(16) Shardul Agrawala, Woodrow Wilson School of Public and International Affairs, Princeton University, Context and Early Origins of the Intergovernmental Panel on Climate Change, Climatic Change 39: 605-620, 1998
(17) The Discovery of Global Warming, by Spencer Weart, Harvard University Press, paperback edition, 2004
(18) Quoted on The Discovery of Global Warming website
(19) Wendy E. Franz. The Development of an International Agenda for Climate Change: Connecting Science to Policy. ENRP Discussion Paper W-97-07, Kennedy School of Government, Harvard University, August 1997.
(20) The Discovery of Global Warming, by Spencer Weart, Harvard University Press, paperback edition, 2004
(21) Quoted on The Discovery of Global Warming website
(22) Phil Macnaghten and John Urry, Contested Natures, Sage Publications, 1998
(23) Who’s afraid of economic growth?, by Daniel Ben-Ami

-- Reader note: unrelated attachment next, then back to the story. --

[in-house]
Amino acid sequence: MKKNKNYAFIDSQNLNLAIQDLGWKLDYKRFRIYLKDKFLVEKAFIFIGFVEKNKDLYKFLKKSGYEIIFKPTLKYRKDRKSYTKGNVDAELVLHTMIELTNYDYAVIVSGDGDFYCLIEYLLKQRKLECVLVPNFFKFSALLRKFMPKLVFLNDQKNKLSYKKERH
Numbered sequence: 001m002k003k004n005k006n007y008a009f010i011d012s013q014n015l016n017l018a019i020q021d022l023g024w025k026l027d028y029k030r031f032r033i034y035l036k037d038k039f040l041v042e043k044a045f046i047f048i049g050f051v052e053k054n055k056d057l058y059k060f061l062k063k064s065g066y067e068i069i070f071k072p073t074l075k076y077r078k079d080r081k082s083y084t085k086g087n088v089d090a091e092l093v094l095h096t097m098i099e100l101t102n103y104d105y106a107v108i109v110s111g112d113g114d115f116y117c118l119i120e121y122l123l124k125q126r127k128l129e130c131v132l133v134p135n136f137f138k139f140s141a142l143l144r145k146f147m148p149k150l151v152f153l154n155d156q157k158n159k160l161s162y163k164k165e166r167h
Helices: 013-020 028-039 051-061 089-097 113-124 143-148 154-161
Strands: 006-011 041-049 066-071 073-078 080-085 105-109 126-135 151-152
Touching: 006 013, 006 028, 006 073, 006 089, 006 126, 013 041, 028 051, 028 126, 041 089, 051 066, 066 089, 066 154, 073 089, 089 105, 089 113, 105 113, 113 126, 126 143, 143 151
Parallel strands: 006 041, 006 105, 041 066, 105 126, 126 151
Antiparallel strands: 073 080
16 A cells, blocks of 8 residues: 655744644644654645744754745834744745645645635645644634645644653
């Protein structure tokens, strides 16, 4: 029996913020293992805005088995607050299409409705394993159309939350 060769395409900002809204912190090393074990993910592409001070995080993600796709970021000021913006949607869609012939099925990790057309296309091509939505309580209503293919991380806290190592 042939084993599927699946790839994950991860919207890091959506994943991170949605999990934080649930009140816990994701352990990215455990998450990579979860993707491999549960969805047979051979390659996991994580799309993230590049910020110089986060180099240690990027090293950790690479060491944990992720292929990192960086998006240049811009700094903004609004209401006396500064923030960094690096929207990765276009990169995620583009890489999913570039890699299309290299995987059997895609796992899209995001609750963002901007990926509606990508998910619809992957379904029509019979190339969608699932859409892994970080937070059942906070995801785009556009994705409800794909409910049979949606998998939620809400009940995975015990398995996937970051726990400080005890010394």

(24) Margaret Thatcher, Speech to the Royal Society, 27 September 1988, reproduced by the Margaret Thatcher Foundation
(25) Shardul Agrawala, Woodrow Wilson School of Public and International Affairs, Princeton University, Context and Early Origins of the Intergovernmental Panel on Climate Change, Climatic Change 39: 605-620, 1998
(26) Quoted on The Discovery of Global Warming website
(27) Global warming: the chilling effect on free speech, by Brendan O’Neill
(28) David Adam, Royal Society tells Exxon: stop funding climate change denial, Guardian, 20 September 2006
(29) Hans von Storch and Nico Stehr, Exaggerated Science: How Global Warming Research is Creating a Climate of Fear, Der Spiegel, 24 January 2005
(30) 16 Years of Scientific Assessment in Support of the Climate Convention, IPCC, December 2004
(31) IPCC press conference, Working Group I Report The Physical Science Basis Change, 2 February 2007, Paris
(32) IPCC press conference, Working Group III Report Mitigation of Climate Change, 4 May 2007, Bangkok